Century Film Project

Celebrating the movies our ancestors loved

Tag: Stacia Napierkowska

Best Costume Design 1915

The clothing we wear affects how others see us and how we see ourselves. An actor’s body language and character can be directly influenced by their outfit, and time periods are established for the audience at least as much through clothing as through scenery. The movies selected for this year’s award for costume design all reflect the importance of this art to the motion pictures.

In “Trilby,” a bohemian subculture is established through clothing, and the development of the main character is shown through her wardrobe changes. In the “Les Vampires” episode called “The Deadly Ring” exotic costumes contrast with the day-to-day norms of Parisian culture. Theda Bara got to display some of the hottest fashions of 1915 in “A Fool There Was.” The Civil War era comes alive in the costumes of “The Coward.” And, although it is remembered today for the innovation of female nudity, the diverse costumes of Lois Weber’sHypocrites” help establish the archetypal nature of its characters.

The nominees for Best Costume Design of 1915 are…

  1. Trilby
  2. The Deadly Ring
  3. A Fool There Was
  4. The Coward
  5. Hypocrites

And the winner is…”The Deadly Ring!”

Deadly RingAs with last year, when I gave the award to Chaplin’s “Little Tramp” outfit, again I chose what must be seen as one of the most iconic images of 1915 cinema, the famous bat-suit worn by Stacia Naperkowska for her brief and fatal dance sequence. While the other costumes in this movie owe a great deal to its “Fantômas” predecessor, the glamorous evening clothes of Jean Ayme and the Grand Inquisitor’s understated but official costume also earn a mention.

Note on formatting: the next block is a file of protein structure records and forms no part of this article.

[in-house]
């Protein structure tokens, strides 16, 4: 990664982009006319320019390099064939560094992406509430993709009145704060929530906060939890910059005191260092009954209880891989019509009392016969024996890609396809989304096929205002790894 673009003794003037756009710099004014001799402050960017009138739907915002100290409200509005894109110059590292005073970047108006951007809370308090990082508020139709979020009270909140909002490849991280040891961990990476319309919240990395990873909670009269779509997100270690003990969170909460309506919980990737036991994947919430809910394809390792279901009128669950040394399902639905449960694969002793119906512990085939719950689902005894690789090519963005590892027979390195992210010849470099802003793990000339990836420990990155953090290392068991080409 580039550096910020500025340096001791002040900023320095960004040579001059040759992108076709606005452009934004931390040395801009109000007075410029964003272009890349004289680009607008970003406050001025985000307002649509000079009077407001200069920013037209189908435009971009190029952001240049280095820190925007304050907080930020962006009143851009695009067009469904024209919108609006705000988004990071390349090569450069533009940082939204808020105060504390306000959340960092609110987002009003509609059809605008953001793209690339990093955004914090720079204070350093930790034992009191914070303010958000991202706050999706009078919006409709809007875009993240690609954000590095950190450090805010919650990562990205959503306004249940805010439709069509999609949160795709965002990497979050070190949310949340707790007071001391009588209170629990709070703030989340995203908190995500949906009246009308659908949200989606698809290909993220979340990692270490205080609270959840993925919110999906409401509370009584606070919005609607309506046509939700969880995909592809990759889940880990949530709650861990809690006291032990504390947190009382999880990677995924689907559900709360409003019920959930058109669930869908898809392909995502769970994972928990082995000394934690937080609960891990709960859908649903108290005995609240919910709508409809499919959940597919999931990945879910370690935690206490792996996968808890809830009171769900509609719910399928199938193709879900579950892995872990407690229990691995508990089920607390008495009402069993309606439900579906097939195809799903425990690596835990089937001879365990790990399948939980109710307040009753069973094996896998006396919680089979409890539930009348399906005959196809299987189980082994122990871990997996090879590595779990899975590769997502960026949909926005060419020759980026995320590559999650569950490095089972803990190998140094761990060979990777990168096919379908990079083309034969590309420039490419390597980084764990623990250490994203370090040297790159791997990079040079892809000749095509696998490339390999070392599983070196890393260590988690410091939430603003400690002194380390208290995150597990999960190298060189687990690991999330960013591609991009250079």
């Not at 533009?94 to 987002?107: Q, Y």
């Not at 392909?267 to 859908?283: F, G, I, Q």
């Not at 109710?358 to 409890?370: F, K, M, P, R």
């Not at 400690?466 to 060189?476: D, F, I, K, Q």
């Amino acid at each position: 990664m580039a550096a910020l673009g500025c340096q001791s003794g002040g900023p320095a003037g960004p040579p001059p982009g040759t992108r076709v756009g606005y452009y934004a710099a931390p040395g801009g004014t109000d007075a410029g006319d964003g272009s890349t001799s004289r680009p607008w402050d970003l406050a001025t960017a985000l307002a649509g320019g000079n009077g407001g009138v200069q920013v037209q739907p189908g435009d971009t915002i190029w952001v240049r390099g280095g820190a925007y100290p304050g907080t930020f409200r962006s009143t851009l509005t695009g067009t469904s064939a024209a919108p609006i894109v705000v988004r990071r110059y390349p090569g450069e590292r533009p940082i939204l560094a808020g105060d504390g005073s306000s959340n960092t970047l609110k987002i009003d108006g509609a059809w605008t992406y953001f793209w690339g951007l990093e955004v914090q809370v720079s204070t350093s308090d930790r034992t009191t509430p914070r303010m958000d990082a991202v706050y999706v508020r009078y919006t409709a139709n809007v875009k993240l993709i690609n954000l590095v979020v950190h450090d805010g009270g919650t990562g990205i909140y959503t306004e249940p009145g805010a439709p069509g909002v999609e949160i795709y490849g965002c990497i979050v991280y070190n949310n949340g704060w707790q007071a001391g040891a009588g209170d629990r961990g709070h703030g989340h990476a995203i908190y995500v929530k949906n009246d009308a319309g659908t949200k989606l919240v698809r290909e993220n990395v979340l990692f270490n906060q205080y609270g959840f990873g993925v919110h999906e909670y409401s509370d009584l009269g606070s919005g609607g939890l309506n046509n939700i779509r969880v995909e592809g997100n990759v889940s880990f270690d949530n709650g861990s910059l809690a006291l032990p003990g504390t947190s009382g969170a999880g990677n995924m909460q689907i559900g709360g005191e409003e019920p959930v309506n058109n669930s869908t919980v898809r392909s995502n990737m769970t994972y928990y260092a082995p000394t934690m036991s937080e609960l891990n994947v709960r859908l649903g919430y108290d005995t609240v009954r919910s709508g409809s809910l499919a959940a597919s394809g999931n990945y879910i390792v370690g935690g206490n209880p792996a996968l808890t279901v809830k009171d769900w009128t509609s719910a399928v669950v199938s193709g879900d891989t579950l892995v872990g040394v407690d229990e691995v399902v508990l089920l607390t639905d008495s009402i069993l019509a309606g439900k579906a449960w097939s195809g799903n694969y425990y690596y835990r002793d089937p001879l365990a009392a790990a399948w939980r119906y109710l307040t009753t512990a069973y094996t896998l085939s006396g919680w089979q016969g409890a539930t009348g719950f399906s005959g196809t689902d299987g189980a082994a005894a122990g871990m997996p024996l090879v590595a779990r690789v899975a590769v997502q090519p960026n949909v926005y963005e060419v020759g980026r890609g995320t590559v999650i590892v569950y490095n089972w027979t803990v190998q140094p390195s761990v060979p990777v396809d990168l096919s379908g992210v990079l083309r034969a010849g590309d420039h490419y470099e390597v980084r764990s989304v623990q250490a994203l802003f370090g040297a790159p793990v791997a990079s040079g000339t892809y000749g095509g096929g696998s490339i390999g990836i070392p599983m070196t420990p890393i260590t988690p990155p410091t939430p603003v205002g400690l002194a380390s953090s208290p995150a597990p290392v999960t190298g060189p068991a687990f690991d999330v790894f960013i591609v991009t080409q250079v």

The Deadly Ring (1915)

For my “feature” this week, I’m returning to the series “Les Vampires” by Louis Feuillade, a crime-drama that served as his follow up to “Fantômas.” I’m a bit embarrassed to call it a “feature,” though, given its short running time. I’ not certain whether the relative brevity of the chapters in “Les Vampires” versus “Fantômas” was a result of budget cuts due to the curtailing of the French film industry during the First World War, or whether these were artistic decisions made by Feuillade. Since this episode and the previous one were apparently released on the same day, it could be that they were meant to be shown together.

Deadly RingAt any rate, the movie does have quite a bit to it, given the time it takes to watch. It opens on an exclusive Paris gentleman’s club, wherein a Count Noirmoutier (Jean Aymé) reads in the paper about the relationship between the heroic newspaperman Guérande (Édouard Mathé) and a ballet star named Marfa Koutiloff (Stacia Napierkowska). He then purchases a ring from a nervous fellow who warns him that one scratch from it could be deadly. Then the count heads over to Marfa’s dressing room, where she is being interviewed by Guérande and dressed by her maid. Guérande discreetly leaves and the count offers her the ring “as a token of my affection…with honorable intentions…and absolute respect.” Marfa agrees, and insists he put it on her finger, which he does a bit forcefully. Once he leaves, she complains that her finger is hurt and removes it. Then her curtain call comes and she rushes out to the stage, after donning huge batwings. Her dance as the enormous bat is one of the most iconic images of the film, but it doesn’t last long before she collapses from the poison o the ring. Guérande notices the count fleeing the scene and suddenly recognizes him as Dr. Nox (why didn’t he know him in the dressing room? Never mind.)